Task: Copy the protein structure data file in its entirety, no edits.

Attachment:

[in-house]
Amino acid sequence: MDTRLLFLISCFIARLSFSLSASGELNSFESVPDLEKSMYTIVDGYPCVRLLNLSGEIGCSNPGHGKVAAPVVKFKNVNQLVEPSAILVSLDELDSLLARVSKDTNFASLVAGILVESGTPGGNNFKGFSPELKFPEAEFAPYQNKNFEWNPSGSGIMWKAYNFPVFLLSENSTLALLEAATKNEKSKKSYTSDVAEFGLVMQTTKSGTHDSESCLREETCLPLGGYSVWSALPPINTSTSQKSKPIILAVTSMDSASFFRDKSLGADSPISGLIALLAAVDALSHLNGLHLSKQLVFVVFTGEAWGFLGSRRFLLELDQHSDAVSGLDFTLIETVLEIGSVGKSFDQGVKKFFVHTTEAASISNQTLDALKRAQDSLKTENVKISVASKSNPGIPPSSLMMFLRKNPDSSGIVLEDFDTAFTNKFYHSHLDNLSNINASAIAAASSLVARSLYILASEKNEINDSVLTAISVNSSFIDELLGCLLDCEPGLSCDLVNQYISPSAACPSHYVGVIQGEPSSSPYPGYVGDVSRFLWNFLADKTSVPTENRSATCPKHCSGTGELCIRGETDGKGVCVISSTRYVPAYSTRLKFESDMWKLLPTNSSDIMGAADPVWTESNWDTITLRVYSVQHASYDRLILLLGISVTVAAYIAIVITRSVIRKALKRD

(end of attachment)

[in-house]
Amino acid sequence: MDTRLLFLISCFIARLSFSLSASGELNSFESVPDLEKSMYTIVDGYPCVRLLNLSGEIGCSNPGHGKVAAPVVKFKNVNQLVEPSAILVSLDELDSLLARVSKDTNFASLVAGILVESGTPGGNNFKGFSPELKFPEAEFAPYQNKNFEWNPSGSGIMWKAYNFPVFLLSENSTLALLEAATKNEKSKKSYTSDVAEFGLVMQTTKSGTHDSESCLREETCLPLGGYSVWSALPPINTSTSQKSKPIILAVTSMDSASFFRDKSLGADSPISGLIALLAAVDALSHLNGLHLSKQLVFVVFTGEAWGFLGSRRFLLELDQHSDAVSGLDFTLIETVLEIGSVGKSFDQGVKKFFVHTTEAASISNQTLDALKRAQDSLKTENVKISVASKSNPGIPPSSLMMFLRKNPDSSGIVLEDFDTAFTNKFYHSHLDNLSNINASAIAAASSLVARSLYILASEKNEINDSVLTAISVNSSFIDELLGCLLDCEPGLSCDLVNQYISPSAACPSHYVGVIQGEPSSSPYPGYVGDVSRFLWNFLADKTSVPTENRSATCPKHCSGTGELCIRGETDGKGVCVISSTRYVPAYSTRLKFESDMWKLLPTNSSDIMGAADPVWTESNWDTITLRVYSVQHASYDRLILLLGISVTVAAYIAIVITRSVIRKALKRD